Root canal posts: review suggests no difference in root fracture incidence between metal-and fibre posts


Restoring teeth following root canal therapy can present challenges particularly when significant amounts of tooth structure have been lost. The use of metal or non-metal posts and cores has been used to support restoration. The aim of this review was to analyze the outcome of clinical trials and cohort studies evaluating the post-retained restorations regarding the incidence rate of root fractures.


Medline and the OpenThesis databases were searched for randomised controlled trials (RCTs) and cohort studies reporting the incidence of root fractures of restorations retained with fibre-reinforced composite posts or metal posts of endodontically treated teeth. There were no language restrictions. Study selection and quality assessment was carried out independently by two reviewers. The Cochrane Risk of Bias Tool was used to assess RCTs and the Newcastle-Ottawa Scale for cohort studies. The primary outcome was root fracture leading to tooth extraction. Endodontic failures crown dislodgement, post debonding, and post/core fractures were secondary outcomes. The incidence rate of root fractures and non-catastrophic failures was calculated by dividing the number of events by the period of risk for all included posts during the study period per 1000 post years of follow- up.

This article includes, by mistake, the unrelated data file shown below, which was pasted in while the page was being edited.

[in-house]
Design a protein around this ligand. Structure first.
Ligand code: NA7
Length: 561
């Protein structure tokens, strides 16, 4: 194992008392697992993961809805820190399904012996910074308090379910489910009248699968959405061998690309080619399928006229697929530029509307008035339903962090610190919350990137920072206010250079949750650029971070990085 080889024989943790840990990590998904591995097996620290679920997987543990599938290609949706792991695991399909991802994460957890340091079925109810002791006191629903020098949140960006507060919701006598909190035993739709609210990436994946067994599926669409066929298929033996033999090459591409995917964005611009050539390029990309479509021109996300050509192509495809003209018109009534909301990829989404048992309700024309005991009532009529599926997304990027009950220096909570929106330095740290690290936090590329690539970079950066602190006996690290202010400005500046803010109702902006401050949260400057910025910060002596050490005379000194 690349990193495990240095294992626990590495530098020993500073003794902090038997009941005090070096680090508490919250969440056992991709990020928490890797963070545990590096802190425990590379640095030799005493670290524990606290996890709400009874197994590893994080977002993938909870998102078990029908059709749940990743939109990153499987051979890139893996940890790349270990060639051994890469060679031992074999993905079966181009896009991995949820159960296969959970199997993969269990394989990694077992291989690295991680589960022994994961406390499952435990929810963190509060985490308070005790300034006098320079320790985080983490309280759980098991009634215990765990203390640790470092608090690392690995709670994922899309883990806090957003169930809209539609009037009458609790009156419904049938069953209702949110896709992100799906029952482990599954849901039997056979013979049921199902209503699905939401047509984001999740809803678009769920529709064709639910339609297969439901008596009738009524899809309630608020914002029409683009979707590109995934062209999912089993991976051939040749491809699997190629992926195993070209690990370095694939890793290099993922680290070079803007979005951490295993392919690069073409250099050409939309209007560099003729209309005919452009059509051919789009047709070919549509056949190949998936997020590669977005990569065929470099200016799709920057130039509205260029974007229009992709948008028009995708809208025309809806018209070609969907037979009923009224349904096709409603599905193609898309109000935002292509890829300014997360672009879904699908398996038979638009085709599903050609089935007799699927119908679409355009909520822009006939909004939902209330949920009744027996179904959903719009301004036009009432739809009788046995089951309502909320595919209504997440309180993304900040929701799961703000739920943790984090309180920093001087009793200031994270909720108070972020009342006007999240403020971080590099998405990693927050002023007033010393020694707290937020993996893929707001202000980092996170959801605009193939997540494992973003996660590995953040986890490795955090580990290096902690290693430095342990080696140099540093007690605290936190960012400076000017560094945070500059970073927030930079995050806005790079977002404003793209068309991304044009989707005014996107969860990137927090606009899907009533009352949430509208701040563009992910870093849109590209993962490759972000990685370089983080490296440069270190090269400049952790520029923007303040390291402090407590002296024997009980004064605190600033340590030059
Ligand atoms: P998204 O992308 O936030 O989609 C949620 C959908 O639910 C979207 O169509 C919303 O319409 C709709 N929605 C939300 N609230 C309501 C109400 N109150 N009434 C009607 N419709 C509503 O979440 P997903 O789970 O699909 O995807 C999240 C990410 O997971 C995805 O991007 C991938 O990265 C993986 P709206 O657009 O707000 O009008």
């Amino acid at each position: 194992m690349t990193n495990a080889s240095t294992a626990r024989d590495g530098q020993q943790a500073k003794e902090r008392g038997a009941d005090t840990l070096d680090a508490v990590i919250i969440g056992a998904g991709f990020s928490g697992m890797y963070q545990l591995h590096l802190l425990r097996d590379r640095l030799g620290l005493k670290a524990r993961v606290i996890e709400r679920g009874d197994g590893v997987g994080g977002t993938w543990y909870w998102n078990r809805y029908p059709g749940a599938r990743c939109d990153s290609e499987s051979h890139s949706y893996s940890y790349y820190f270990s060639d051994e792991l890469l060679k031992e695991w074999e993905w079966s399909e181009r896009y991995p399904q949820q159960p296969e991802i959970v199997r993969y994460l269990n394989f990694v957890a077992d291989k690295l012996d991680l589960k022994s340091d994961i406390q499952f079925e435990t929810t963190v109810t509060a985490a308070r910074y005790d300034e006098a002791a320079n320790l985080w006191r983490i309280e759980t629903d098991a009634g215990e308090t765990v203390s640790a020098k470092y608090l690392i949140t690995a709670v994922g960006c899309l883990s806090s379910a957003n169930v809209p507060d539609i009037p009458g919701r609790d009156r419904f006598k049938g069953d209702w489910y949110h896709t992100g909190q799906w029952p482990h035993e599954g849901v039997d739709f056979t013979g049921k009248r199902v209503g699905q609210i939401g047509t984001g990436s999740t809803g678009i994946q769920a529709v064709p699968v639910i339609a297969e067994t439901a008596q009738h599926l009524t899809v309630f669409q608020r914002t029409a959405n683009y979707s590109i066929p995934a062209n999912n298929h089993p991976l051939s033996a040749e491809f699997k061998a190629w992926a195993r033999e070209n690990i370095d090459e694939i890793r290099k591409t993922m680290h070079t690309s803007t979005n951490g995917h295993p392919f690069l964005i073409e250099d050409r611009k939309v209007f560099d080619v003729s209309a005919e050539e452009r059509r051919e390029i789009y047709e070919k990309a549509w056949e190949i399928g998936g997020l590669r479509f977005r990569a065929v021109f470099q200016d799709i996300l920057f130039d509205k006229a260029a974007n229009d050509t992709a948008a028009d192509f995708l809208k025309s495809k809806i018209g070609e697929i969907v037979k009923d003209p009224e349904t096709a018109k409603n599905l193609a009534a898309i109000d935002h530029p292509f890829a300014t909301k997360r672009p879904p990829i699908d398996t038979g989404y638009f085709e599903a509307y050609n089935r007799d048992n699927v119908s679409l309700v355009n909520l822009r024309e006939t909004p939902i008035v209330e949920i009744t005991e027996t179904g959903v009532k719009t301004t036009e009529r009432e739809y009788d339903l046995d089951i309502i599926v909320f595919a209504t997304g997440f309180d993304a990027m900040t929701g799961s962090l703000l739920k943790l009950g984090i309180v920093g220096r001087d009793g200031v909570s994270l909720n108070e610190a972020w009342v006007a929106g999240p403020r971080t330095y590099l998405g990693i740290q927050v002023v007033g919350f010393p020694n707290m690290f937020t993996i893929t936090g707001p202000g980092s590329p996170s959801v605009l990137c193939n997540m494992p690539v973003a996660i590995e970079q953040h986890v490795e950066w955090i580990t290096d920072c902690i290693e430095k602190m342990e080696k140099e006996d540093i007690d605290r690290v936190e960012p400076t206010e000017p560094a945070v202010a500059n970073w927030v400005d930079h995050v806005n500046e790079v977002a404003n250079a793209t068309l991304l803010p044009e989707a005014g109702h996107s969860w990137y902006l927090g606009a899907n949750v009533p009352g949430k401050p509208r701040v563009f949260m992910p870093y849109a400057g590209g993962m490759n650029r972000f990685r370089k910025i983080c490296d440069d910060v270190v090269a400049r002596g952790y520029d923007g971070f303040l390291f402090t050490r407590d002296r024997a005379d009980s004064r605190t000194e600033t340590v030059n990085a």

• 14 studies were included (7 RCTs, 7 Cohorts)
  • incidence rate of root fractures (pooled event rate per 1000 post years ) for
    • metal posts (4 RCTs,4 cohorts)   = 5.13 (95% CI, 4.05–6.21)
    • fibre-reinforced posts(5 RCTs, 3 cohorts) = 4.78 (95% CI, 4.28–5.27)
    • heterogeneity across studies was high for both metal and fibre-reinforced posts
  • The pooled survival rate for
    • metal posts  = 90% (95% CI 85.5– 93.3)
    • fibre-reinforced posts = 83.9% (95% 67.6–92.8)
    • Heterogeneity across studies was again high.


The authors concluded

The results of this study did not show significant differences for root fracture incidence between metal-and fibre posts. However, the studies included in this review presented a high risk of bias, and further well-designed clinical studies are required to confirm these findings.


We have previous looked a trials and review on this topic (Dental Elf-28th Feb-2014) and a 2007 Cochrane review (Bolla et al) only included 2 RCTs. Only 3 of the 7 RCTs included in this review have been published since the Cochrane review. Only two databases were searched so it is possible that other relevant studies may be available. None of the included RCTs were at low risk of bias. The authors have chosen to include cohort studies and they note that the majority are retrospective so have greater risk of bias. They also highlight that although they did not identify any differences between the two types of post all the included studies were at high risk of bias so the findings need to be interpreted with caution.



Original review protocol (PROSPERO-42014007423)

Fabrício Eneas Diniz Figueiredo, Paulo Ricardo Saquete Martins-Filho, André Luis Faria-e-Silva. Do Metal Post–retained Restorations Result in More Root Fractures than Fiber Post–retained Restorations? A Systematic Review and Meta-analysis. Journal of Endodontics, Article in press

Dental Elf – 28th Feb 2014 -Trail suggests similar outcomes with cast and glass fibre posts

Bolla M, Muller-Bolla M, Borg C, Lupi-Pegurier L, Laplanche O, Leforestier E. Root canal posts for the restoration of root filled teeth. Cochrane Database of Systematic Reviews 2007, Issue 1. Art. No.: CD004623. DOI: 10.1002/14651858.CD004623.pub2.


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